The next step for the various certification systems will be important in determining their future within the forestry industry. The most likely strategy for the FSC will be to reinforce its status as the most prominent international third party certification scheme through its logo, in the hopes that this will lead to widespread acceptance among environmentally sensitive consumers. Alternatively, the FSC may attempt to integrate other certification programs into their system, thus harmonizing chain of custody standards. The best case scenario for the FSC is one in which their label becomes universally accepted as the standard for bona fide products originating from exceptionally managed forests.

Issues and Recommendations for the FSC

One of the most important issues the FSC must address if it is to be successful is the inadequacy of the certified wood supply. Our data suggests that there is a general insufficiency of supply throughout the chain of custody, irrespective of geographic location and the size of the organization. Such inadequate supply, however, is likely experienced in different forms. Smaller organizations, for example, may have an inadequate supply because the supply does not exist locally or regionally, whereas larger organizations, which are able to import wood from farther away, may simply be unable to find certified wood products in the quantity that they desire. It is interesting to note, however, that FSC certified forest managers responded to having sufficient supply to meet their buyers' demand. This apparent contradiction in the supply of certified wood within the chain of custody demands further attention and is a worthwhile topic for future research.

Findings from our research suggest that the FSC might be currently underutilizing the powerful potential of its chain of custody mechanism. The FSC is in the unique position of being able to further expand the market's capacity to produce guaranteed certified wood products. By taking advantage of their existing database, the FSC could further establish a supply information network. The current database is in fact limited, as it does not facilitate communication between buyers and suppliers of certified wood products. It would thus appear worthwhile for the FSC to develop this database to include more relevant information and increase awareness of its existence among certificate holders. Once in place this database could provide important information on what certified wood products are available, where they are located, and at what price. This might help address the apparent contradiction existing between FM holders who appear to have an excess of certified wood available, and COC holders farther up the chain who point to an inadequate supply.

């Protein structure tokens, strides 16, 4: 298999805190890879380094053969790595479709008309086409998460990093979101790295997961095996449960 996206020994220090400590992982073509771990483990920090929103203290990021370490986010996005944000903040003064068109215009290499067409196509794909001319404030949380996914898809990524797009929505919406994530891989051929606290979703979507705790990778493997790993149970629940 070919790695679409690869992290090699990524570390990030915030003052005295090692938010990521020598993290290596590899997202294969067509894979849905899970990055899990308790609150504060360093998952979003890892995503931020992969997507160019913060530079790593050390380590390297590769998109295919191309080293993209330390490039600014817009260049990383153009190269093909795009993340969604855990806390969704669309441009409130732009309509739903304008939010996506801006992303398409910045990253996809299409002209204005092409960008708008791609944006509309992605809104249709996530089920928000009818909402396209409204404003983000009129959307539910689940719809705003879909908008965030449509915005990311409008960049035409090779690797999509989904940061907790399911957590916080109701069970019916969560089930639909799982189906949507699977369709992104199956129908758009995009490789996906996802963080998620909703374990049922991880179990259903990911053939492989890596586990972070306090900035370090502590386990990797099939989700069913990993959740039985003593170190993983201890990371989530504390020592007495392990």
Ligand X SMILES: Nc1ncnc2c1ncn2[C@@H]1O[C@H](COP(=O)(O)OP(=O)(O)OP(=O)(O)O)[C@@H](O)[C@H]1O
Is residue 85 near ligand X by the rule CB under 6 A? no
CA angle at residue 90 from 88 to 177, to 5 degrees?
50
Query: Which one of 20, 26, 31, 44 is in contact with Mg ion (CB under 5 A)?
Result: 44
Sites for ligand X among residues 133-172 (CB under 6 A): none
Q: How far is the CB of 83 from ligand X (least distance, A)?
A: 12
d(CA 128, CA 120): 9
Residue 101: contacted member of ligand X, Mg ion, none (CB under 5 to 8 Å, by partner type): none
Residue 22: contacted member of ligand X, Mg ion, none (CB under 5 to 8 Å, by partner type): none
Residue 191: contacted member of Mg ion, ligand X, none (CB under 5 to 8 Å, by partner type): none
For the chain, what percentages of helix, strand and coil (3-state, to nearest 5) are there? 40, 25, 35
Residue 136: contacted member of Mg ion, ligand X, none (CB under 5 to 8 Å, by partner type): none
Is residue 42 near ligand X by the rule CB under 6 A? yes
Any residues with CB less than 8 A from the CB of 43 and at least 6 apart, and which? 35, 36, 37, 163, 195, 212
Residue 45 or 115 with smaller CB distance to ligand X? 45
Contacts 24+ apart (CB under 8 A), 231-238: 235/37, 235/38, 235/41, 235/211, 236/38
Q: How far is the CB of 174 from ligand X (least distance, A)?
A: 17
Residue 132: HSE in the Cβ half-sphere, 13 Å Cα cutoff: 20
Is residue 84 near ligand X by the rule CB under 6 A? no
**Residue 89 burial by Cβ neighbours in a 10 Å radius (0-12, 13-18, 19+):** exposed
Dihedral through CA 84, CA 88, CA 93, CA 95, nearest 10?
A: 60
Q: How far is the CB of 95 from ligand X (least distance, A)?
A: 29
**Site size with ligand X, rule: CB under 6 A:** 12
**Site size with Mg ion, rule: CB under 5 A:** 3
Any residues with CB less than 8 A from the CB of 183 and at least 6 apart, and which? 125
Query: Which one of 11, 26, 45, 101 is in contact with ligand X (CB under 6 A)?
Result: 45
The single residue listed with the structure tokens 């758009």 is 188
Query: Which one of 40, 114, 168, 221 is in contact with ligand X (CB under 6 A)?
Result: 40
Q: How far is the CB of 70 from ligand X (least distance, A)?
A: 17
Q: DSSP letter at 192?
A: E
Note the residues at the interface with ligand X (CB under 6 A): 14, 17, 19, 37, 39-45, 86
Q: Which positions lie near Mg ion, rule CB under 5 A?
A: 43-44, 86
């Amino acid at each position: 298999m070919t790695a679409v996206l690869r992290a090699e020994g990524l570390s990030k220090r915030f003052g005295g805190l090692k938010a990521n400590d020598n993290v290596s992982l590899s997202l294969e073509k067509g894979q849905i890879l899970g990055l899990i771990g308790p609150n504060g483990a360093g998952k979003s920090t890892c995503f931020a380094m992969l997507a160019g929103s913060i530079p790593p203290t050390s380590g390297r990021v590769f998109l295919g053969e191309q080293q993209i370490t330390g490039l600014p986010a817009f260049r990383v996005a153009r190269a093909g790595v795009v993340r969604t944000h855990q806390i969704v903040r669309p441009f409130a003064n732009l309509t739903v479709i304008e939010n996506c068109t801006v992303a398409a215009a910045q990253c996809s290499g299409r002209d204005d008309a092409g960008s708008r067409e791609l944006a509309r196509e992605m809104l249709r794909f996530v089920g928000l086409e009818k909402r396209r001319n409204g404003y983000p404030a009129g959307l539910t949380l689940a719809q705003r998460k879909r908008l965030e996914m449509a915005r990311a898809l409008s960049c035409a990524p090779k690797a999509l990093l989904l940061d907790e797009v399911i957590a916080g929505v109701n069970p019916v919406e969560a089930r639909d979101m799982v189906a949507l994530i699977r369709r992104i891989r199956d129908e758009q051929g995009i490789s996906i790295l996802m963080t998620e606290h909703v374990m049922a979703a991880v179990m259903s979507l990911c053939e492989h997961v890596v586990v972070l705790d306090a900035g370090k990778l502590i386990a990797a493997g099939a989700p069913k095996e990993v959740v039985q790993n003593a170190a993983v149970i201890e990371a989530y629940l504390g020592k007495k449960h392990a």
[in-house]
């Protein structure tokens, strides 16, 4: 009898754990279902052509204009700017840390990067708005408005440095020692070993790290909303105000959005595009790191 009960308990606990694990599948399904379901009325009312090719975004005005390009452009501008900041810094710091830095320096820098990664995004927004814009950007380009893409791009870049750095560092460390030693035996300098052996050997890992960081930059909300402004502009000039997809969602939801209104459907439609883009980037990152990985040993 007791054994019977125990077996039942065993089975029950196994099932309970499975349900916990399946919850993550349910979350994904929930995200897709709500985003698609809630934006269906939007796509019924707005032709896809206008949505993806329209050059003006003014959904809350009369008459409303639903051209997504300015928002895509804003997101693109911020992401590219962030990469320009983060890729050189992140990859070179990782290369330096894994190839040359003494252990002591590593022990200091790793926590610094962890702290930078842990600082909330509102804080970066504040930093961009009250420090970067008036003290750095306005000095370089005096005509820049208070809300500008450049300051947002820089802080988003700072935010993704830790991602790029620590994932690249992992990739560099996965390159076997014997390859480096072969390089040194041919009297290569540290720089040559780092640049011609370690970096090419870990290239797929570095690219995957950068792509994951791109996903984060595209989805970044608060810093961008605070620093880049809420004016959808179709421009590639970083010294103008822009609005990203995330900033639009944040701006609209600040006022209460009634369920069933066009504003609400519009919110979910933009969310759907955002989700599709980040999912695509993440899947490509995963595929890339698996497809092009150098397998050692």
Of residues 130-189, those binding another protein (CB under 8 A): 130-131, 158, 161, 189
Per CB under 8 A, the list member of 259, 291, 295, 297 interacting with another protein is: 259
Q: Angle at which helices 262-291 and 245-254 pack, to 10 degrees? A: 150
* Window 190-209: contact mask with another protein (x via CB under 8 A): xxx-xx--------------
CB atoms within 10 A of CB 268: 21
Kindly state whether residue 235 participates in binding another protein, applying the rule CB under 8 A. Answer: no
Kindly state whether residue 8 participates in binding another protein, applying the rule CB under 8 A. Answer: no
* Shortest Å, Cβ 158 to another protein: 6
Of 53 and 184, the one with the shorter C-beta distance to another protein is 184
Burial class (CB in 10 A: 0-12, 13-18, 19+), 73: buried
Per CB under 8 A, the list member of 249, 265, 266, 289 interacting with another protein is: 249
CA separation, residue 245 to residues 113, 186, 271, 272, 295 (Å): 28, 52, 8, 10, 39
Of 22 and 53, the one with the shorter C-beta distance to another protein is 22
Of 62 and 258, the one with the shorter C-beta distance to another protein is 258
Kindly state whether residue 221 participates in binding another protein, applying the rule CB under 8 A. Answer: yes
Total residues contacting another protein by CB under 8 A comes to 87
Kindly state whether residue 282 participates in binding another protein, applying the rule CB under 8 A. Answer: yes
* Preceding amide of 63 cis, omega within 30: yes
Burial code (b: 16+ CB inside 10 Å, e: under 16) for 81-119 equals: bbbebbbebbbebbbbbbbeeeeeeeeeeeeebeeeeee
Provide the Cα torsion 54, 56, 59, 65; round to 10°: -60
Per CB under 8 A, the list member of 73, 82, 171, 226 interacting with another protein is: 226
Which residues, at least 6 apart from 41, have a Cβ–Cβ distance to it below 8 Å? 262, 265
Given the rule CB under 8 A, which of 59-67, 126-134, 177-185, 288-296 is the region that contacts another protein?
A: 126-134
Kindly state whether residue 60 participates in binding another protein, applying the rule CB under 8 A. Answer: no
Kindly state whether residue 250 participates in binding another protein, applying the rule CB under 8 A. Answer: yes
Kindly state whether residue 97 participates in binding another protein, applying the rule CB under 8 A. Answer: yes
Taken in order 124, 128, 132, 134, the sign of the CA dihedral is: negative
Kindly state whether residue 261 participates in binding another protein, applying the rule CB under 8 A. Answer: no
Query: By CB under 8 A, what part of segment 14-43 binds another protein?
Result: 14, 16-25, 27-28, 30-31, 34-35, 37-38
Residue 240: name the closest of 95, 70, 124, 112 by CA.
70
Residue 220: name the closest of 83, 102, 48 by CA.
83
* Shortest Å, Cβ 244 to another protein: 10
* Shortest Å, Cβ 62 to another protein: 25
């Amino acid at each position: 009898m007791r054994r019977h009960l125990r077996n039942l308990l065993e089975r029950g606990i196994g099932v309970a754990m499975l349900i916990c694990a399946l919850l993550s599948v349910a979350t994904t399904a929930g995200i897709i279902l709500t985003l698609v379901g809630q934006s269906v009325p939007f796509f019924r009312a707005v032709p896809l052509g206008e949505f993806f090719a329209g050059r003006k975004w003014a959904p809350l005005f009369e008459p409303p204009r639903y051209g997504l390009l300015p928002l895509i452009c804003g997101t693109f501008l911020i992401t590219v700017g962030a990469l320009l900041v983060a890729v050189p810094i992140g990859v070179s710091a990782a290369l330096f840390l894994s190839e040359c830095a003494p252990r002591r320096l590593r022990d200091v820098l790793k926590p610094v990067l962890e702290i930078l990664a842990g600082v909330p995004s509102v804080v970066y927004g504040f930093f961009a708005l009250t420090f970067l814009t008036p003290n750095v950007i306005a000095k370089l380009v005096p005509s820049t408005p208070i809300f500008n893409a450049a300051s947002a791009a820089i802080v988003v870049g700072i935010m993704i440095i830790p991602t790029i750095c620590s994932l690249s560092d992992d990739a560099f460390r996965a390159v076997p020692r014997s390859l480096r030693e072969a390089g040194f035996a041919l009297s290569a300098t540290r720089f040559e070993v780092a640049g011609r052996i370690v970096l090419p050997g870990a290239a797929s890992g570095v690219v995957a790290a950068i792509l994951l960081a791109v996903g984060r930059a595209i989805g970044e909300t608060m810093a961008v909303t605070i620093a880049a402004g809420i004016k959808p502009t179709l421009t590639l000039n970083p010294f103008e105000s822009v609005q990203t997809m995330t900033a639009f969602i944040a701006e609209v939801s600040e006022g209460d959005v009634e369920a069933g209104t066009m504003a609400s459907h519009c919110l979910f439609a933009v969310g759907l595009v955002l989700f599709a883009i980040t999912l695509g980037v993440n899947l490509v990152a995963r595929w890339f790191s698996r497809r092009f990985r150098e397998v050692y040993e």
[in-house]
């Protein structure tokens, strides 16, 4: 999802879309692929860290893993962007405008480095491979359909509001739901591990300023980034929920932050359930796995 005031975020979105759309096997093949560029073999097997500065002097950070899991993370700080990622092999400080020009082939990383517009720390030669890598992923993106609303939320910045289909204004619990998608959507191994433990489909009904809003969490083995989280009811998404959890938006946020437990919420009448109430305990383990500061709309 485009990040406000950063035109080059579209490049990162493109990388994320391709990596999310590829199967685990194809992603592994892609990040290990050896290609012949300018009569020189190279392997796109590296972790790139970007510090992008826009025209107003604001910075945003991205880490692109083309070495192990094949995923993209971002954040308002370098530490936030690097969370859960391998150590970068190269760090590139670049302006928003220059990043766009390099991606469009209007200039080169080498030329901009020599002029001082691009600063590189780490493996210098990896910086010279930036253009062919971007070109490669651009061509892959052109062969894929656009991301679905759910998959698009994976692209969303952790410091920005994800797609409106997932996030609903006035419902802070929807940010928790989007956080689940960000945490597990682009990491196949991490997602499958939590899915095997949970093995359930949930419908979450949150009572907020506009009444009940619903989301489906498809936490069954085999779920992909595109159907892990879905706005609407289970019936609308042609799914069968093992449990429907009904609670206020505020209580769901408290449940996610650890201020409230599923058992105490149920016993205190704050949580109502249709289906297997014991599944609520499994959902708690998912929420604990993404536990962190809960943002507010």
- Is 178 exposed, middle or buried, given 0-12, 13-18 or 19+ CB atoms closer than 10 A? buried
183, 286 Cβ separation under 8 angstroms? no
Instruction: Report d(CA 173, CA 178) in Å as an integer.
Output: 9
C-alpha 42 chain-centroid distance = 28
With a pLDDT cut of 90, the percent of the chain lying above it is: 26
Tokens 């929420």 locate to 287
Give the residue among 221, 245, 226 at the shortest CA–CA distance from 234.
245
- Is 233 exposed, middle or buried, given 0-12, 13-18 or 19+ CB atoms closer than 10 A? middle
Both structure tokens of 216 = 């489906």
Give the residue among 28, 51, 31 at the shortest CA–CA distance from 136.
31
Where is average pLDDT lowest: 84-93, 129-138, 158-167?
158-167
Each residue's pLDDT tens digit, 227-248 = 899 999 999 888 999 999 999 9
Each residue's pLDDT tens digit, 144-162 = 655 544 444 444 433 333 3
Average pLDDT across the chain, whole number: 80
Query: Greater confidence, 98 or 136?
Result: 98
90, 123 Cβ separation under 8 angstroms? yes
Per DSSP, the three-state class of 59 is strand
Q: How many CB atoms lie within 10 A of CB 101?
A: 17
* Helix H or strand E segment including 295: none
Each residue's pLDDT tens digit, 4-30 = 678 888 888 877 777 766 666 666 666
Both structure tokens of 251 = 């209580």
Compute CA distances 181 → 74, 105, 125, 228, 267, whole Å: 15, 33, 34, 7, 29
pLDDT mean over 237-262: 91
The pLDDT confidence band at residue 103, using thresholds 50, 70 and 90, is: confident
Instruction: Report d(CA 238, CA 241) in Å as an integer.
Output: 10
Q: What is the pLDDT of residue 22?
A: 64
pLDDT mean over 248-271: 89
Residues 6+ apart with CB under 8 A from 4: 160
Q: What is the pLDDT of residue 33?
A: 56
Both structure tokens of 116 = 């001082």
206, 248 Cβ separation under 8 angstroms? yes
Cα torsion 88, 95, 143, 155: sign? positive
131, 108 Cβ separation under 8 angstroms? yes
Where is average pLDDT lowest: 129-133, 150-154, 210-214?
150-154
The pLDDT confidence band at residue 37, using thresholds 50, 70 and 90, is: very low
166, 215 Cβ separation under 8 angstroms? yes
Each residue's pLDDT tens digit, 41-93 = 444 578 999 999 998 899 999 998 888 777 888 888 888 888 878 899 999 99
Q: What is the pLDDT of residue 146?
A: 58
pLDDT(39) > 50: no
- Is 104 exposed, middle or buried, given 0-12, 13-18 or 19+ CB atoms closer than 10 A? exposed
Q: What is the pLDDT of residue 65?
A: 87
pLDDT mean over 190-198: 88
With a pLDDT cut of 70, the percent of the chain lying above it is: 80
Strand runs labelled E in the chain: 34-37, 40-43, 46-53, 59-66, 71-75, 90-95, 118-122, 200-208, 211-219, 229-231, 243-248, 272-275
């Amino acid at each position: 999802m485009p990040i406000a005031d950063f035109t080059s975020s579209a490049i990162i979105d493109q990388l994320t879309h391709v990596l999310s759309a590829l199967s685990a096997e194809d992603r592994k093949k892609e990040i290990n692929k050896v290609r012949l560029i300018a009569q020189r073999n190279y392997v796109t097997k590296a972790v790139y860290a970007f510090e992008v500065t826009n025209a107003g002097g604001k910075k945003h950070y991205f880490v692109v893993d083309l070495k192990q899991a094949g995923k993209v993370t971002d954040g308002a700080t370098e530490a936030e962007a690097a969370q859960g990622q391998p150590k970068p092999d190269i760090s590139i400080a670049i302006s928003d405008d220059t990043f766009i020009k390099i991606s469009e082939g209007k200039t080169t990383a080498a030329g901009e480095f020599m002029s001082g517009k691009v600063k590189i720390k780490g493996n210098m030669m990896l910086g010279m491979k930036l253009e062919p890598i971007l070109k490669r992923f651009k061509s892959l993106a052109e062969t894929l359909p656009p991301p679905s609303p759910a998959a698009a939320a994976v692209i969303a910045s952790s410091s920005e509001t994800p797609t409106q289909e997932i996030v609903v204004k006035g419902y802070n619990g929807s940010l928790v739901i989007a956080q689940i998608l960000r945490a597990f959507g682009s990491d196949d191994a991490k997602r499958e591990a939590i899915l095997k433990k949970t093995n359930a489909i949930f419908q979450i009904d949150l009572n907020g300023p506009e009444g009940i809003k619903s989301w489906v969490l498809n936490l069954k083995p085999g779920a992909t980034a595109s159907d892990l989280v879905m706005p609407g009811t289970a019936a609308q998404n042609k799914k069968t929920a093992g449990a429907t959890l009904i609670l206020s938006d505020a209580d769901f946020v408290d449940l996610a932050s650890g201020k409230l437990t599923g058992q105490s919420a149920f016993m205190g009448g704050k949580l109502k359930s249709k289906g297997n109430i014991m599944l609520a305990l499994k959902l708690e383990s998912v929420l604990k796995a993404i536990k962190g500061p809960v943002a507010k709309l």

General Conclusions

Our research suggests that the FSC's chain of custody system is currently the most credible and verifiable; its participants are largely motivated by wanting to maintain their market access; its costs have not been recuperated; its supply of certified wood is inadequate; and its certificate holders remain optimistic despite limited market incentives such as premiums. In addition, it was found that the majority of FSC COC certificate holders are aware of parallel certification systems and would support a harmonizing of their different chain of custody standards.

The primary goal of the FSC is to provide a guarantee that a wood product has come from a sustainably managed forest, according to agreed social, economic and environmental standards (FSC Doc. 1.2, 2000). In essence, they seek to recognize sustainable forestry through voluntary performance based certification. As a voluntary system the FSC ensures that its goals will not be compromised and that its program will not undermine government regulations. The FSC's certification system is an important first step towards achieving sustainable forestry practices, especially in North America where forestry has such a destructive legacy. However it must be acknowledged, that the potential for forest certification to move beyond merely producing sustainable outputs to achieving long-term sustainability, will only fully be realized once such measures are coupled with drastic new consumption patterns.